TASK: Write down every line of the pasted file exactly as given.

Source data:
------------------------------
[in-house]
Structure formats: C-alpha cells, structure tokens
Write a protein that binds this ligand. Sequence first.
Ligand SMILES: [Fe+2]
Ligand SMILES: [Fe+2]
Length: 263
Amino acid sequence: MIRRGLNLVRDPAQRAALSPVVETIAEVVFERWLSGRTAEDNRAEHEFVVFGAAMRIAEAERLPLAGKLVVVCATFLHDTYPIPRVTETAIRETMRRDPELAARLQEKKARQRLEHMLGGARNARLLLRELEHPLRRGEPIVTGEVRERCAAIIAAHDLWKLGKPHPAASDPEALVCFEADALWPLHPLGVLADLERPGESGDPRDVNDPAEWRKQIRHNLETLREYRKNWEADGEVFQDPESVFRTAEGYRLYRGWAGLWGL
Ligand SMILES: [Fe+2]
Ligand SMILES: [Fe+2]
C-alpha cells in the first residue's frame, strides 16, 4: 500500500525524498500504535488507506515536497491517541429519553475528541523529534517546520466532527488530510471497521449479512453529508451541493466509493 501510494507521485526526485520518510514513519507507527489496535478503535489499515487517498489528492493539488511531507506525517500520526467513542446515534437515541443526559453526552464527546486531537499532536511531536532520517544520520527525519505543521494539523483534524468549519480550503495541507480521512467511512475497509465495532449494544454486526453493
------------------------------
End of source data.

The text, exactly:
[in-house]
Structure formats: C-alpha cells, structure tokens
Write a protein that binds this ligand. Sequence first.
Ligand SMILES: [Fe+2]
Ligand SMILES: [Fe+2]
Length: 263
Amino acid sequence: MIRRGLNLVRDPAQRAALSPVVETIAEVVFERWLSGRTAEDNRAEHEFVVFGAAMRIAEAERLPLAGKLVVVCATFLHDTYPIPRVTETAIRETMRRDPELAARLQEKKARQRLEHMLGGARNARLLLRELEHPLRRGEPIVTGEVRERCAAIIAAHDLWKLGKPHPAASDPEALVCFEADALWPLHPLGVLADLERPGESGDPRDVNDPAEWRKQIRHNLETLREYRKNWEADGEVFQDPESVFRTAEGYRLYRGWAGLWGL
Ligand SMILES: [Fe+2]
Ligand SMILES: [Fe+2]
C-alpha cells in the first residue's frame, strides 16, 4: 500500500525524498500504535488507506515536497491517541429519553475528541523529534517546520466532527488530510471497521449479512453529508451541493466509493 501510494507521485526526485520518510514513519507507527489496535478503535489499515487517498489528492493539488511531507506525517500520526467513542446515534437515541443526559453526552464527546486531537499532536511531536532520517544520520527525519505543521494539523483534524468549519480550503495541507480521512467511512475497509465495532449494544454486526453493